Do Pharmaceuticals Pose a Threat to Primary Producers?

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JournalCritical Reviews in Environmental Science and Technology
DateE-pub ahead of print - 18 Jun 2015
DatePublished (current) - 2015
Issue number23
Volume45
Pages (from-to)2565-2610
Early online date18/06/15
Original languageEnglish

Abstract

Trace amounts of pharmaceuticals have been reported in aquatic
environments worldwide, and their toxicity to nontargeted organisms
is of increasing concern. Algae are primary producers in
aquatic food chains, and as such are very sensitive to external
disturbance. While data are available on the toxicity of a variety
of pharmaceuticals to algal species, there has been no attempt
to synthesize and make sense of these data. Here, we discuss the
importance of algae and summarize the available data on the ecotoxicity
of pharmaceuticals to algal species. We then use the data
to assess the potential risks of pharmaceuticals to algae. These data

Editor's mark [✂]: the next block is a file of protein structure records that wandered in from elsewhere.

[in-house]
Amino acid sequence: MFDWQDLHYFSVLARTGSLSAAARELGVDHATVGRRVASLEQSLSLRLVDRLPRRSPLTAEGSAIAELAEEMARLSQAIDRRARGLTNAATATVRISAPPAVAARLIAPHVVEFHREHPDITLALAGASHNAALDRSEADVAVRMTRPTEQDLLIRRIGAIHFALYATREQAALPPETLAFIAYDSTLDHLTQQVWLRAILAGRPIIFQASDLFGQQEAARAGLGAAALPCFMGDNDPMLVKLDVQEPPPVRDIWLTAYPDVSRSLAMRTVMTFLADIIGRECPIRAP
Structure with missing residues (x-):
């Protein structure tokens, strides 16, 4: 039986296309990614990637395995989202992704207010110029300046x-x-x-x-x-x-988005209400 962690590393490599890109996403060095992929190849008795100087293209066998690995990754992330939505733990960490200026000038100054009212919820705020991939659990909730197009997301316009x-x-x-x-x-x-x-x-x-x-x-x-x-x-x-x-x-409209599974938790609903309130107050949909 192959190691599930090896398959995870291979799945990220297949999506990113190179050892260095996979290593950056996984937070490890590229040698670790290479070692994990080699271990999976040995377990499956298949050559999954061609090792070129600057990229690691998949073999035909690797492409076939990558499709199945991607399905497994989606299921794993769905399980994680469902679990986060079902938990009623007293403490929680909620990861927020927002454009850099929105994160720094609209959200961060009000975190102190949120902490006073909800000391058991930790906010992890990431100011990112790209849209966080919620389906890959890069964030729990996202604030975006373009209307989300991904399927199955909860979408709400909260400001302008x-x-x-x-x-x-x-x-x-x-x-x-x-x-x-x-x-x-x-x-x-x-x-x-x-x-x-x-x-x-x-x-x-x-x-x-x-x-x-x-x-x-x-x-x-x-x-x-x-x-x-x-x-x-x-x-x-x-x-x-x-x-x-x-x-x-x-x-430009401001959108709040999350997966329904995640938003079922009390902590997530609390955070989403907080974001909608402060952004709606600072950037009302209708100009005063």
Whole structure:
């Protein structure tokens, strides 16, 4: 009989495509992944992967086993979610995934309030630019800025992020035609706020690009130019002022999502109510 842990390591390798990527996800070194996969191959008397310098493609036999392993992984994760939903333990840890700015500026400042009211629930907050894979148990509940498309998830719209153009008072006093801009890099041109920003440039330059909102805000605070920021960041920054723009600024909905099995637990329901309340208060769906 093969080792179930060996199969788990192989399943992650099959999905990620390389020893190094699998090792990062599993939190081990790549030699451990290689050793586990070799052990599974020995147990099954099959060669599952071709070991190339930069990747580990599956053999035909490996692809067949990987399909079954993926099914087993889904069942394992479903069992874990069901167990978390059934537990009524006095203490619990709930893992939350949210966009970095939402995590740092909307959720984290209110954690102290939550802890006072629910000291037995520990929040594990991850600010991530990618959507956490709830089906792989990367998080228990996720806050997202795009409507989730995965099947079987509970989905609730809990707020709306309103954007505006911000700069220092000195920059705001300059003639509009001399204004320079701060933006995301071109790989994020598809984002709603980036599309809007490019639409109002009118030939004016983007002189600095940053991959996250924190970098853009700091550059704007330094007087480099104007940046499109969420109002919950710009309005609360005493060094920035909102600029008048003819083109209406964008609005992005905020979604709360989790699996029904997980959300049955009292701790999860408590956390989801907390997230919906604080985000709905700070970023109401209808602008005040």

indicate that some antibiotics in aquatic environments could pose
a potential threat to algal species with blue-green algae being particularly
sensitive. Some of these pharmaceuticals could pose a risk
that is equivalent to some compounds used as herbicides. However,
there are significant gaps in the understanding of the risks of pharmaceuticals
to algae and many research questions on the topic still
need to be addressed.

    Research areas

  • pharmaceuticals, algae, toxicity, environmental risk assessment

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